I’ve reached the point where I have so much to do I have no clue what to do next when I finish a task…
But never fear – I’ve made a new list! 🙂
I love lists – my mom says I made lists even as a little kid. We didn’t have spreadsheets back in the olden days, but if we had I’m sure I would have made lots of them – and they would all be colorful.
The new list is really just a simple to do list that contains what I have to do today, what I should work on next if I have time, and what I should work on tomorrow. Once I finish a task I delete it (well, I actually put it on another list that tracks what I’ve completed…), so I only see what I haven’t yet done.
The ‘tomorrow’ part is really helpful because I start each day with a plan rather than relying on my memory and my not-always-prioritized sense of what to do next. And the ‘nice-to-have’ section – which I’m intentionally keeping very short so it truly does contain things I could realistically work on if I had time – is helpful as well. I don’t get to many of the nice-to-haves, but having them listed there means I will (probably) work on them instead of wander off and do something less important if I get ahead for the day.
I’ve been posting author profiles on The Faerie Summer’s Facebook page, and timed putting these up around The SF&F Binge Reader Bundle, which ends on August 10th. The Faerie Summer is one of the 7 anthologies in this bundle – there are also 19 novels. I’ve never been a part of something this big before, and it’s really cool.
Just for fun, here’s a snippet from the private eye novel I’m apparently putting on my to-do list. This is from the first draft of the opening – Jack is a blue heeler aka Australian cattle dog. I’m cutting out the part where I introduce him, so to give you an idea of what he might look like here’s a picture of Lucy, a blue heeler who is one of our dear departed hounds. (Notice Lucy was playing with a pine cone in this photo…)
It was half past two on a Wednesday afternoon. I sat in my dingy office dressed to the nines in my charcoal gray suit, a white and gray pinstriped shirt, and a gray tie. I’d spent all my rent money on that outfit, hoping I might get more work if I looked a bit classier. The plan was not going well. My rent was due in less than a week, and so far no one had even stopped by my office to see just how classy and hirable I looked.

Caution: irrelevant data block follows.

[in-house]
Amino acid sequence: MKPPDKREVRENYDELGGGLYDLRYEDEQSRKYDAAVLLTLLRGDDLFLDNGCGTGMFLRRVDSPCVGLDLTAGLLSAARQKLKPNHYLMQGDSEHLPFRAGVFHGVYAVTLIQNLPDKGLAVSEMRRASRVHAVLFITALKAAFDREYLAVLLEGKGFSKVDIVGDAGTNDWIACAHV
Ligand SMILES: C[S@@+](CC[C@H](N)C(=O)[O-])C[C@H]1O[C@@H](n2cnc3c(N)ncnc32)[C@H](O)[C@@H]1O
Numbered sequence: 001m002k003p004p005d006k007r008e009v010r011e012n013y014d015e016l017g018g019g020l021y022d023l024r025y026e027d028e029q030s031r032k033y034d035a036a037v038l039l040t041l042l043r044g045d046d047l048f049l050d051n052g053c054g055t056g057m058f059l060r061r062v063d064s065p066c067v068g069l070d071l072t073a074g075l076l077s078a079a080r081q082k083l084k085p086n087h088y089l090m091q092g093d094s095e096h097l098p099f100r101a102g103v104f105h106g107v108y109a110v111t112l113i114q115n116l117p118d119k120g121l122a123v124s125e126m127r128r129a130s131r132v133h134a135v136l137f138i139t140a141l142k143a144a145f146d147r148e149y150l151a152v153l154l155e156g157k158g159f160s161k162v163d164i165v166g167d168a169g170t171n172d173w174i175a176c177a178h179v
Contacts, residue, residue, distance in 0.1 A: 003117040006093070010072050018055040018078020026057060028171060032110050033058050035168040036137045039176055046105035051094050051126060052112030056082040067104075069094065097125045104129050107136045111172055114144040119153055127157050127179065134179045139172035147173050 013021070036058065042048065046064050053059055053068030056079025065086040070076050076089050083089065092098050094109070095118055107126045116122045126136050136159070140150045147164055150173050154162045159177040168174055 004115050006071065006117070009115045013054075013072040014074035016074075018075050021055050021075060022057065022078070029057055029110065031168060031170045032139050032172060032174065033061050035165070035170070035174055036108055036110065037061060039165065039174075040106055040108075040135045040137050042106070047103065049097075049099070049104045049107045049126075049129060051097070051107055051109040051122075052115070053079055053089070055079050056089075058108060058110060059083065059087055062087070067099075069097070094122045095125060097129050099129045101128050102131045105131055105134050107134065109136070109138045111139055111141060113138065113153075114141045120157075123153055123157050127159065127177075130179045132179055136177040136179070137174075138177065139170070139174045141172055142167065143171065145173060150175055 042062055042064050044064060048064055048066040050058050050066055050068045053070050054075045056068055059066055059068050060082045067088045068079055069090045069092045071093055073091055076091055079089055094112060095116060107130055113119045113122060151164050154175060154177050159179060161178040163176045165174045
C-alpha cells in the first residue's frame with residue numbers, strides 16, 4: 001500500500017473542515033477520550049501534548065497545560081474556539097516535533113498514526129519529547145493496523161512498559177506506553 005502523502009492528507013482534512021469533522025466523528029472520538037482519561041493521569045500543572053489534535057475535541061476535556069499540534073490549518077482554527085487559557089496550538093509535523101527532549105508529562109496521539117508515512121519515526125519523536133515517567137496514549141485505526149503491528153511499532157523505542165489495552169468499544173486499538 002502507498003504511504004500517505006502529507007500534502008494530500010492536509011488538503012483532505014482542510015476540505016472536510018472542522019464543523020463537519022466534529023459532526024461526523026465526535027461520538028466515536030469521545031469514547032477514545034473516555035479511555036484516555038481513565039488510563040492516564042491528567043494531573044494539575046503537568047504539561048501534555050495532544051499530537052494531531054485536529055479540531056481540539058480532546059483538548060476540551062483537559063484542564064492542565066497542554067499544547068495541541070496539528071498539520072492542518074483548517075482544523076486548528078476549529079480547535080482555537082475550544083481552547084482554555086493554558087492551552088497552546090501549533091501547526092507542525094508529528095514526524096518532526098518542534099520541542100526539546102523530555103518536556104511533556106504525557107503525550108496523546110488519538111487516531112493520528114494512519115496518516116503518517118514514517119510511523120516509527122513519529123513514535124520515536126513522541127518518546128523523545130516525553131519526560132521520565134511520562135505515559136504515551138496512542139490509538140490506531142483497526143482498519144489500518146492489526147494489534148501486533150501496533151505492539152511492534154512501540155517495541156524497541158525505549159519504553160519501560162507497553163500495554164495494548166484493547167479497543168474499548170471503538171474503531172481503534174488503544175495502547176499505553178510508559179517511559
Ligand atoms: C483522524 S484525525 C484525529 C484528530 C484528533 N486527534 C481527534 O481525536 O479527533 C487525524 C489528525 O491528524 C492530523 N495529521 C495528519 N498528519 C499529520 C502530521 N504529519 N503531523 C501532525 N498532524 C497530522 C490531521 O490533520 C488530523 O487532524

With Alda, just the fact that a dame like this showed up looking to hire me at all should have been the biggest clue. She gave a sharp rap on the door, then waltzed in like she owned the place. Jack gave a low, deep growl, the kind of sound that he normally made when my brother visited. That should have caught my attention, but I couldn’t tear my eyes away from the woman.
She wore a red dress that clung to every curve, and made me want to cling to them as well. A fuzzy white stole was draped over her bare shoulders, although it couldn’t possibly have done enough to keep her warm in the cool October air outside. Her long, blonde curls looked buoyant, as if they might float up in the air on their own.
“Mr. Gibson?” she asked. “Mr. Robert Gibson, Private Investigator?” Her lips were painted the same crimson shade as her dress, and her golden-brown eyes were framed with long, dark eyelashes that fluttered as she looked down at the small piece of paper she held in her delicate fingers. Her nails were the same color as her dress. She looked as out of place in my office as a Ming vase in a subway station.
“That’s me,” I said. I shot a glance at Jake. He glared at the woman from his perch on an old armchair I’d pulled out of someone’s trash last year. I’d thrown a flannel blanket over top of the chair to make it more comfortable for him, and for me when I had to spend the night in it with him, which happened more often than either of us liked. Jake glanced at me and flicked his pointed ears back, and then laid back down, his eyes fixed on the woman.
“Oh my,” she said. She raised one hand to her ample bosom and took a breath so deep I wondered if the fabric of her dress would hold. Unfortunately it did.
“That’s Jake,” I said. “He’s all bark and no bite.” That wasn’t actually true, but Jake had never bitten one of my clients. So far.
“I’m Alda Amriss,” she said. “I’d like to hire you to find a murder.” She tugged on the ends of her stole and sat down on the worn wooden chair that sat on the other side of my desk.
I forced my eyes to stay focused on hers instead of on the parts I really wanted to look at.
“A murderer?” I asked. “Isn’t that a job for the police?” Not that I couldn’t do the same thing that they would – and probably faster to boot, since I didn’t have to follow all the rules and process that slowed them down. But people who hired private eyes for cases like that usually did so because things were messy, and I didn’t feel like dealing with messy. At least not unless it paid well. Or, well, just paid at all.
Alda shook her head. “Not a murderer, a murder,” she said. “It hasn’t happened yet.”
I have no idea what happens next, so your guess is as good as mine. 🙂